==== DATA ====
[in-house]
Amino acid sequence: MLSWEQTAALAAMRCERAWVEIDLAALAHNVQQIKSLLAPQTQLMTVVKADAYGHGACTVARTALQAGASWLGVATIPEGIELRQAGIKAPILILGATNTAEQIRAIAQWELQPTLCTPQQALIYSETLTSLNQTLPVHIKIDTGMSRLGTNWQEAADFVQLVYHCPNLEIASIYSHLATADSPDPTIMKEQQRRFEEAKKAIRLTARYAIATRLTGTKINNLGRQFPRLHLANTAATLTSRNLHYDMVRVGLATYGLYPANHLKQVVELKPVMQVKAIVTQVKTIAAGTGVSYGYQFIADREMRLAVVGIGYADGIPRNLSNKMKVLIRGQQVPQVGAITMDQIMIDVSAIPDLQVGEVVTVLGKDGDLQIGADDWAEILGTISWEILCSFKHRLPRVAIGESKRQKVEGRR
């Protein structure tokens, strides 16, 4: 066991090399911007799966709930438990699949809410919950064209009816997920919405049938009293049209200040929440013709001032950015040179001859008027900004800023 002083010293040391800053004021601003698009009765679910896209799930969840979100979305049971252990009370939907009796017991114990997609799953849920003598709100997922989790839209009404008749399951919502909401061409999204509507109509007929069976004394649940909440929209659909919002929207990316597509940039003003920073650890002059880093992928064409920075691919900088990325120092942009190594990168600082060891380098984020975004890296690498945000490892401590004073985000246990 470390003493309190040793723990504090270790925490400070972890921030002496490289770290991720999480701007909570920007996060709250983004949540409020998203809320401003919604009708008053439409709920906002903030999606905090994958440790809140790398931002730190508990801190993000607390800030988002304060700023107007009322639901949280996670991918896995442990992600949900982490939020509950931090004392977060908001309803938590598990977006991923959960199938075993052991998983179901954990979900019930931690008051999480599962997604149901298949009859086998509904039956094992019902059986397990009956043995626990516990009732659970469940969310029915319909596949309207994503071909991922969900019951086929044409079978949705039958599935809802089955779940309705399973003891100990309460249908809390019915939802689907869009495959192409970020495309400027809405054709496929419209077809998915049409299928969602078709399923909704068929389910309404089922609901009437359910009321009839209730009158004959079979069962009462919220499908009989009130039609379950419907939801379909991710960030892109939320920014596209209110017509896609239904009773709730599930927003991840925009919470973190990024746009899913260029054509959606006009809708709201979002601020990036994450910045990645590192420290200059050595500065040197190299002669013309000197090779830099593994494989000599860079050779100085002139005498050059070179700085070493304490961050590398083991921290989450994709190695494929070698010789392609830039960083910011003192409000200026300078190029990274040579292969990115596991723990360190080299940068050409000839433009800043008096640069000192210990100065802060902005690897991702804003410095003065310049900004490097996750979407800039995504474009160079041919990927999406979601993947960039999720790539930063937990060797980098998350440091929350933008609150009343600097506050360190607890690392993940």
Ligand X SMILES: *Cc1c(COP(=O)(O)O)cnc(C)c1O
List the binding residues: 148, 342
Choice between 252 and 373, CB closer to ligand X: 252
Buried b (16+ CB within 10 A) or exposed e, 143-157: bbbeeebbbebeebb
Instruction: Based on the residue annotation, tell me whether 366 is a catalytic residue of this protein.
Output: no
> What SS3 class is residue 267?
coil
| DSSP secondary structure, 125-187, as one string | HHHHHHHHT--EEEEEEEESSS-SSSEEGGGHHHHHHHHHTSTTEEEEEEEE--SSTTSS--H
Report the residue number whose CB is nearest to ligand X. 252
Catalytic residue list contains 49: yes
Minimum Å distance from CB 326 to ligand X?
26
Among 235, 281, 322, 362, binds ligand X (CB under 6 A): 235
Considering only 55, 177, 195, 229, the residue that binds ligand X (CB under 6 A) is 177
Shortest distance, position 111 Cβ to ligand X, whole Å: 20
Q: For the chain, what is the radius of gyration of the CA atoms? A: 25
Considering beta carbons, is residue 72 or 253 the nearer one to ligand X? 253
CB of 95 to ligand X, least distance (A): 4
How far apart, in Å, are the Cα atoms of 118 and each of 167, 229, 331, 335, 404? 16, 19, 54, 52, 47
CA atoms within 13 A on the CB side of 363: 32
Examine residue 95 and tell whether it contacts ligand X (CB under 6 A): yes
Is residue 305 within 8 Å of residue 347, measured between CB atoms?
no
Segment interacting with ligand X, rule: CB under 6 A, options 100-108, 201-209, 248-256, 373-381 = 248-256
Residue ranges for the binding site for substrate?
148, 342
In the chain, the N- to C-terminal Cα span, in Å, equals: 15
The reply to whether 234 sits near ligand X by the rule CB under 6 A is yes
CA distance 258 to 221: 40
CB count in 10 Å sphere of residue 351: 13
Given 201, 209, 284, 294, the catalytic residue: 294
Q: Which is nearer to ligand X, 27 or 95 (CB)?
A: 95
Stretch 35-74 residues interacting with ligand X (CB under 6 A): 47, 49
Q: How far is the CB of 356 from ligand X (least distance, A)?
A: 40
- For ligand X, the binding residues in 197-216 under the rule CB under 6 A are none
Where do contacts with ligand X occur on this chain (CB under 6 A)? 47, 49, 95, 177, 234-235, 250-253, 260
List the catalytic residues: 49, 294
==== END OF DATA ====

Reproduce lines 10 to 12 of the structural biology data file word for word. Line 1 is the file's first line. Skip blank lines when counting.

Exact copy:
> What SS3 class is residue 267?
coil
| DSSP secondary structure, 125-187, as one string | HHHHHHHHT--EEEEEEEESSS-SSSEEGGGHHHHHHHHHTSTTEEEEEEEE--SSTTSS--H